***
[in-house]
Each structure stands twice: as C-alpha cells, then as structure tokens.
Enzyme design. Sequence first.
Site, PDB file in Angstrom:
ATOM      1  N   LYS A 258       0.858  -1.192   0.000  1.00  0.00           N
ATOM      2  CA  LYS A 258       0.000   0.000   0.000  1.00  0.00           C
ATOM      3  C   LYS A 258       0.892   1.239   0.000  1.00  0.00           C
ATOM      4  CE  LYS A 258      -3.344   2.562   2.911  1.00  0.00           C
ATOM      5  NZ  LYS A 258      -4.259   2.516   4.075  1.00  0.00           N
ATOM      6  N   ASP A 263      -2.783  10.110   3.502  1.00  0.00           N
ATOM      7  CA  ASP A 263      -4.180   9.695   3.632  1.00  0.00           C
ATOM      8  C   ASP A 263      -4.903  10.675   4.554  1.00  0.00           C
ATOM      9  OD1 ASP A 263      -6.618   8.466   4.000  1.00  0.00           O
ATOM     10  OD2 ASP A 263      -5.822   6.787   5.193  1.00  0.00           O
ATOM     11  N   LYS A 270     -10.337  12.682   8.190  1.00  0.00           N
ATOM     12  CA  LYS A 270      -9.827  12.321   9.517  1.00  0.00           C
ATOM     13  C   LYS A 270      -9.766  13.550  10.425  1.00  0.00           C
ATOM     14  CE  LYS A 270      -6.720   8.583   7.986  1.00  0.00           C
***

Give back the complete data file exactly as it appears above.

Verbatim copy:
[in-house]
Each structure stands twice: as C-alpha cells, then as structure tokens.
Enzyme design. Sequence first.
Site, PDB file in Angstrom:
ATOM      1  N   LYS A 258       0.858  -1.192   0.000  1.00  0.00           N
ATOM      2  CA  LYS A 258       0.000   0.000   0.000  1.00  0.00           C
ATOM      3  C   LYS A 258       0.892   1.239   0.000  1.00  0.00           C
ATOM      4  CE  LYS A 258      -3.344   2.562   2.911  1.00  0.00           C
ATOM      5  NZ  LYS A 258      -4.259   2.516   4.075  1.00  0.00           N
ATOM      6  N   ASP A 263      -2.783  10.110   3.502  1.00  0.00           N
ATOM      7  CA  ASP A 263      -4.180   9.695   3.632  1.00  0.00           C
ATOM      8  C   ASP A 263      -4.903  10.675   4.554  1.00  0.00           C
ATOM      9  OD1 ASP A 263      -6.618   8.466   4.000  1.00  0.00           O
ATOM     10  OD2 ASP A 263      -5.822   6.787   5.193  1.00  0.00           O
ATOM     11  N   LYS A 270     -10.337  12.682   8.190  1.00  0.00           N
ATOM     12  CA  LYS A 270      -9.827  12.321   9.517  1.00  0.00           C
ATOM     13  C   LYS A 270      -9.766  13.550  10.425  1.00  0.00           C
ATOM     14  CE  LYS A 270      -6.720   8.583   7.986  1.00  0.00           C